This is a basic failure of story telling and speaks to the lack of curiosity and courage that went into the writing of this book. And that’s unforgivable. I personally believe that no subject should ever be off limit for anyone to write about. But if you’re going to write about a race war, if you’re going to write about people who have been oppressed and cast them as villains, you cannot do it half assed. If you’re going to write about a race war, you have to do your research, you have to do the ground work. Most of all, you have to have the guts to look at the ugliest of truths.
Do that, and at least your work can be taken seriously. At least the people who object will have to nod and concede that there’s an argument there. Fail, and you got nothing to stand on.
Before we close on this particular set of scenes, I want to bring up one last episode.
“Morrison,” Christmas stage-whispered for everyone to hear, “if I see you drop Her Majesty’s ammunition again, I’ll call your mom to come and carry it for you. You’re an idle crow, Morrison.”
“Actually, I’m Cree, sergeant.”
“You’re a no good smart ass! Get your gear sorted out!”
The others snickered at the exchange, partly glad not to be the butt of the sergeant’s feigned wrath, but partly disappointed too. Thank God, Alex thought to himself, I have Steve Christmas as my second-in-command.
Okay WTF? Seriously. What the fuck was that? How the fuck is this a joke?
When you’re in the army, once in a while you’ll meet some aged weirdo who’s got a frame of reference for jokes that makes no sense at all to you in the present day. They’ll make some kind of crack that seems like it should be funny but somehow doesn’t make sense. And it’s only years later and with a fair bit of historical context that you start to suspect that the joke wasn’t meant to be funny.
There’s an art to writing a good character. To finding that character’s voice and conveying it effectively through words. If you can’t find the character’s voice, odds are, it’s going to be your own voice that comes through. I think it’s Bland’s voice that I’m hearing now, and I’m not sure what exactly I’m hearing. But I got my suspicions.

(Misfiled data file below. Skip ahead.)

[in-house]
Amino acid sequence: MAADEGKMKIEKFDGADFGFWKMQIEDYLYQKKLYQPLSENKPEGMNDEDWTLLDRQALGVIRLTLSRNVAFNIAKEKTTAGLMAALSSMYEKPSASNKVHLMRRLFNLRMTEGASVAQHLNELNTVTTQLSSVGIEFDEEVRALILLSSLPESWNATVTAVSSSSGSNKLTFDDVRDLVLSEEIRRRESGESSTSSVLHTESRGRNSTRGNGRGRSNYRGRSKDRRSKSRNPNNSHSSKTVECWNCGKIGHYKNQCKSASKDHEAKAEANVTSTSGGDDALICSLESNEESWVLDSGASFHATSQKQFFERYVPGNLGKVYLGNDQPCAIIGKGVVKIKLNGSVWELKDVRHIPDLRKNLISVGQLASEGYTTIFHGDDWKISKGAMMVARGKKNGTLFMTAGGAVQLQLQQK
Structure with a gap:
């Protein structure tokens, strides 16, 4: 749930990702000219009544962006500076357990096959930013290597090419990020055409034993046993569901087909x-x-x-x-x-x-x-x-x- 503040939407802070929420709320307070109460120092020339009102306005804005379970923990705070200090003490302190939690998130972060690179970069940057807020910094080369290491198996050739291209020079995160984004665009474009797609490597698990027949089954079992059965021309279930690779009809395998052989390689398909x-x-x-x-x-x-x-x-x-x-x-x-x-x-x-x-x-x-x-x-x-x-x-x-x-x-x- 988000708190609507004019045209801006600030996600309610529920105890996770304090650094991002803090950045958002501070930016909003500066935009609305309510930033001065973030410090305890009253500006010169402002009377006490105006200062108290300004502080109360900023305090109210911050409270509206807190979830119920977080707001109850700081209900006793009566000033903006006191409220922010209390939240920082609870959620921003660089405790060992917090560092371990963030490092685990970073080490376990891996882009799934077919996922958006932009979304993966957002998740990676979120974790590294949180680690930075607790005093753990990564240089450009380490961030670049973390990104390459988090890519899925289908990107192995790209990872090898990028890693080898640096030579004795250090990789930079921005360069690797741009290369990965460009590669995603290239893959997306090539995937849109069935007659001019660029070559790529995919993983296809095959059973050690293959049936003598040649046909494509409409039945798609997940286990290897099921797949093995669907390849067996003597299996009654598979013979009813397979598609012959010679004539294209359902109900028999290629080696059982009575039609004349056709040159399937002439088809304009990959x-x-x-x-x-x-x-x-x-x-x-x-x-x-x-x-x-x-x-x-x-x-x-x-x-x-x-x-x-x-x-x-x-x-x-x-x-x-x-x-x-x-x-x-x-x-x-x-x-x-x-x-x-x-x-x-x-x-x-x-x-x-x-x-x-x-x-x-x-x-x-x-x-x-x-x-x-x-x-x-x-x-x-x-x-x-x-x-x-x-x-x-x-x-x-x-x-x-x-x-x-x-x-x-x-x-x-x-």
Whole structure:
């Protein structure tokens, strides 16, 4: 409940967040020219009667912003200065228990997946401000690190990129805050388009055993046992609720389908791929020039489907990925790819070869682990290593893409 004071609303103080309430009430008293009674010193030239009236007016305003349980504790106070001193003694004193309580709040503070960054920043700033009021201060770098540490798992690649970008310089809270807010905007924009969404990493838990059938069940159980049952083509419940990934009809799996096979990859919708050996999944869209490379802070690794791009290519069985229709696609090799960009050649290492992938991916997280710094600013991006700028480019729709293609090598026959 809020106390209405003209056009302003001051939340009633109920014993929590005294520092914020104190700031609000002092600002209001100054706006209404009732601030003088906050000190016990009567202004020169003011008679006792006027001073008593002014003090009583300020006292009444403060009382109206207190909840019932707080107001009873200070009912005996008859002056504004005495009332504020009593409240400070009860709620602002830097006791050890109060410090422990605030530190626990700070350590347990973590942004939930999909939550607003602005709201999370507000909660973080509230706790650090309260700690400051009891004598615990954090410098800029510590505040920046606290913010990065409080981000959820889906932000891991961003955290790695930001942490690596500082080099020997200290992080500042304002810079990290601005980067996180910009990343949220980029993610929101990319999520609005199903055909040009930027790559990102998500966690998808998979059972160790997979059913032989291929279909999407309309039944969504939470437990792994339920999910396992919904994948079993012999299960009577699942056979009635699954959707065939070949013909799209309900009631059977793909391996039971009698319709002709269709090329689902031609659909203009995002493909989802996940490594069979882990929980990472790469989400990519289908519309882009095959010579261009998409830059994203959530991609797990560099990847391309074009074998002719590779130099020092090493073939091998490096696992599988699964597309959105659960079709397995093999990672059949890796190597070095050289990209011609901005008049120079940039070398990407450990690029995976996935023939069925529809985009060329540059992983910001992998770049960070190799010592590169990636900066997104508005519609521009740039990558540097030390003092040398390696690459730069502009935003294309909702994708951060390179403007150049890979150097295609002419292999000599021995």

Also, why are the Native radicals calling it “Her Majesty’s ammunition?”
1 This scene does go a long way towards illustrating how out of touch Bland is with today’s Canadian Armed Forces: Why is a CF MP drinking instant coffee instead of Tim Hortons’?
2 ‘Seven Samurai’ released in 1954 by Toho Films. All screenshots are from the Criterion Collection DVD and taken by the author.
3 I’ve heard some of my fellow ‘toons attempts at a comeback by calling regular force guys ‘Soaps’ as in soap operas: as in ‘Monday to Friday, nine to three, nothing but drama.’ It never really caught on.
4 In terms of ‘six degrees of separation’ complexity, Tom Clancy’s novel The Sum of all Fears probably takes the cake when it introduced a Japanese architect purchasing timber in the United States to rebuild a shinto temple in Japan. Later in the novel the lumber is washed overboard from it’s container ship, and later still it collides with the towed array of an American nuclear missile submarine, causing said submarine to be detected by a Russian attack sub right at the height of a nuclear standoff triggered by a Palestinian nuclear terror attack on the Super Bowl using a captured Israeli nuke from the Yom Kippur War. Say what you will about Tom Clancy, but in terms of complex plotlessness that man could juggle chainsaws.
5 The Commissionaires are a kind of auxiliary force that provides general security duties in Canadian Armed Forces installations. They are unarmed, and their ranks are often composed of retired CAF members, many of them senior citizens. In emergency situations their options usually consist of sounding an alarm and (possibly) locking doors to prevent intrusion. They perform a necessary and important function, but are often derided as the army’s version of rent-a-cops.